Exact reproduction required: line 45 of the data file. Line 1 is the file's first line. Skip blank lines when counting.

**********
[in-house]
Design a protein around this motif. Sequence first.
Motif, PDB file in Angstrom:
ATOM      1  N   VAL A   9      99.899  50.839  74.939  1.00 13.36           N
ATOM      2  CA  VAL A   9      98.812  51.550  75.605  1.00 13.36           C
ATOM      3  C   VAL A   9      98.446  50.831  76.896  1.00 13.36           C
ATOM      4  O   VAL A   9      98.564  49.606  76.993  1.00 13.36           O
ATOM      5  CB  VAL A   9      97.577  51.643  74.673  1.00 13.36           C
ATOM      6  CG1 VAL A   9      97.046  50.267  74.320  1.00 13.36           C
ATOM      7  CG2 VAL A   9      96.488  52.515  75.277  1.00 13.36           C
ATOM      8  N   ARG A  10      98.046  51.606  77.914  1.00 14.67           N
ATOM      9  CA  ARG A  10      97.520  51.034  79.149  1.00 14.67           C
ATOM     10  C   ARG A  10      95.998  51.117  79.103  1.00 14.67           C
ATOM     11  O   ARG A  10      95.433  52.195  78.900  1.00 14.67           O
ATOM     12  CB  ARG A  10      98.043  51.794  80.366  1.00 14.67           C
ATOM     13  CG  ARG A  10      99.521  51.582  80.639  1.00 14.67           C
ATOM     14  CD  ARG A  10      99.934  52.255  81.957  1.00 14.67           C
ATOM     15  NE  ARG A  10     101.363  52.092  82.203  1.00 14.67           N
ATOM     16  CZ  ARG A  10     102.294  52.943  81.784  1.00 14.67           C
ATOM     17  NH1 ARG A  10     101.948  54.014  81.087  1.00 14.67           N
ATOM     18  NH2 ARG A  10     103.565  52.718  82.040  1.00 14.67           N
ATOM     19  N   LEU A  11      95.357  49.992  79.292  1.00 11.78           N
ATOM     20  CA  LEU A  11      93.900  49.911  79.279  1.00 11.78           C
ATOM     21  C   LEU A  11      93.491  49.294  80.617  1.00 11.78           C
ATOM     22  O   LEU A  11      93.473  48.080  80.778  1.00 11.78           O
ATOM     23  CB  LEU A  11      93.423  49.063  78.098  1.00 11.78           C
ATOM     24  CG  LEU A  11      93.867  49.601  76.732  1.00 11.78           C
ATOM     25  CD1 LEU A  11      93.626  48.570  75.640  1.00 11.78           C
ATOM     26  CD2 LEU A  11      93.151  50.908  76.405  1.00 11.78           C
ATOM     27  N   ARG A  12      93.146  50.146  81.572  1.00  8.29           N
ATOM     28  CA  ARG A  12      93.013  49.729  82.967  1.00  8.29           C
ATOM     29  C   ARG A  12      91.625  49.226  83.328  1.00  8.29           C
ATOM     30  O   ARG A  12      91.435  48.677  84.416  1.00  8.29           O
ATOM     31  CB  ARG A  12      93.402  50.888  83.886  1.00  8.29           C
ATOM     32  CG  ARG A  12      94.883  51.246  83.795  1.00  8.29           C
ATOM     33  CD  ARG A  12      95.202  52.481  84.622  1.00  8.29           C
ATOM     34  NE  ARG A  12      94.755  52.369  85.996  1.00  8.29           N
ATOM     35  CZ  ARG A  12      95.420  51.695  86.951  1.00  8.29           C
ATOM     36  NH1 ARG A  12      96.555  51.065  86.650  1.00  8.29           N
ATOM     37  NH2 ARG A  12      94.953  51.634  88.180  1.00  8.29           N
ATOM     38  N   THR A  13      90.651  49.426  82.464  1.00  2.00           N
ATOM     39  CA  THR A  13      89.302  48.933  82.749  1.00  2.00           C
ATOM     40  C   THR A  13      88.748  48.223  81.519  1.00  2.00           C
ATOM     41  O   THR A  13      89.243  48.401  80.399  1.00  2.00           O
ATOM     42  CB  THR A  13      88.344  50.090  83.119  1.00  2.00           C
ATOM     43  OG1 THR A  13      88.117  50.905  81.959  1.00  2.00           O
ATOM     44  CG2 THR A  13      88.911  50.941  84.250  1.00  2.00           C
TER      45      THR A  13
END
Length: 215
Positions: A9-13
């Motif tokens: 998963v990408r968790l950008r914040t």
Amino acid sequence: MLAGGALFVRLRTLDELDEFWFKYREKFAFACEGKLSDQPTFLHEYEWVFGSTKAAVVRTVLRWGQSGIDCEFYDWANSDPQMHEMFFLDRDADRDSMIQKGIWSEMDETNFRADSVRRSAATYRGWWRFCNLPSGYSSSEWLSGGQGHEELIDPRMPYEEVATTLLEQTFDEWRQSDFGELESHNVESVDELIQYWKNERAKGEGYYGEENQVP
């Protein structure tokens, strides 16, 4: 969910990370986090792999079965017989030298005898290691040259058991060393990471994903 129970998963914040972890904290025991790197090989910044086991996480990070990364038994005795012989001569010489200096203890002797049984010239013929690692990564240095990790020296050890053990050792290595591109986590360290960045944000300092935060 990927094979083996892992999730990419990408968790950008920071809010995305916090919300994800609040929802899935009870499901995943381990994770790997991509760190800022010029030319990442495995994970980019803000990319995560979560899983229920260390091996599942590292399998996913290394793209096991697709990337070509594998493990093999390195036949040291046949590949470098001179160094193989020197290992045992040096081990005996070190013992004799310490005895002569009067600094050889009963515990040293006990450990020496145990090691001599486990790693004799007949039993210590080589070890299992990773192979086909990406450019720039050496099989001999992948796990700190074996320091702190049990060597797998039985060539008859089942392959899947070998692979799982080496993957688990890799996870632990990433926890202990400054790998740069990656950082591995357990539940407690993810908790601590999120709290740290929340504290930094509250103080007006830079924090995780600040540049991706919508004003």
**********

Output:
ATOM     42  CB  THR A  13      88.344  50.090  83.119  1.00  2.00           C